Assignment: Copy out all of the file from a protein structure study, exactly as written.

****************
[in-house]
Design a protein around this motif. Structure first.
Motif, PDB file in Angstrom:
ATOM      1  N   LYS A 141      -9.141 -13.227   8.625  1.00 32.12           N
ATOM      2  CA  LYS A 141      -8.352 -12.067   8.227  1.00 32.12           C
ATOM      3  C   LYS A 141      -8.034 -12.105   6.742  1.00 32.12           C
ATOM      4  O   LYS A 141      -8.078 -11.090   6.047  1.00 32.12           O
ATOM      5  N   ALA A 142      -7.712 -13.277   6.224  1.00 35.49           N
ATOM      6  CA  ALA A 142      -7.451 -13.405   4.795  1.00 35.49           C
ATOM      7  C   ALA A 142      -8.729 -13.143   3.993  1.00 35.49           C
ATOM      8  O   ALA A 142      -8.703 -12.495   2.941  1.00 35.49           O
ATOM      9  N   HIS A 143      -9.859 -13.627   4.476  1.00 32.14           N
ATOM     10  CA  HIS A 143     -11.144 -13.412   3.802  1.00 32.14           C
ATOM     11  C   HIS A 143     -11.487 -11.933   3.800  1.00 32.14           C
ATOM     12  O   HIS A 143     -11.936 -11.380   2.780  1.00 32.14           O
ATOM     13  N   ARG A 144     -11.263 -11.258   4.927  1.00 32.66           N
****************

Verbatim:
[in-house]
Design a protein around this motif. Structure first.
Motif, PDB file in Angstrom:
ATOM      1  N   LYS A 141      -9.141 -13.227   8.625  1.00 32.12           N
ATOM      2  CA  LYS A 141      -8.352 -12.067   8.227  1.00 32.12           C
ATOM      3  C   LYS A 141      -8.034 -12.105   6.742  1.00 32.12           C
ATOM      4  O   LYS A 141      -8.078 -11.090   6.047  1.00 32.12           O
ATOM      5  N   ALA A 142      -7.712 -13.277   6.224  1.00 35.49           N
ATOM      6  CA  ALA A 142      -7.451 -13.405   4.795  1.00 35.49           C
ATOM      7  C   ALA A 142      -8.729 -13.143   3.993  1.00 35.49           C
ATOM      8  O   ALA A 142      -8.703 -12.495   2.941  1.00 35.49           O
ATOM      9  N   HIS A 143      -9.859 -13.627   4.476  1.00 32.14           N
ATOM     10  CA  HIS A 143     -11.144 -13.412   3.802  1.00 32.14           C
ATOM     11  C   HIS A 143     -11.487 -11.933   3.800  1.00 32.14           C
ATOM     12  O   HIS A 143     -11.936 -11.380   2.780  1.00 32.14           O
ATOM     13  N   ARG A 144     -11.263 -11.258   4.927  1.00 32.66           N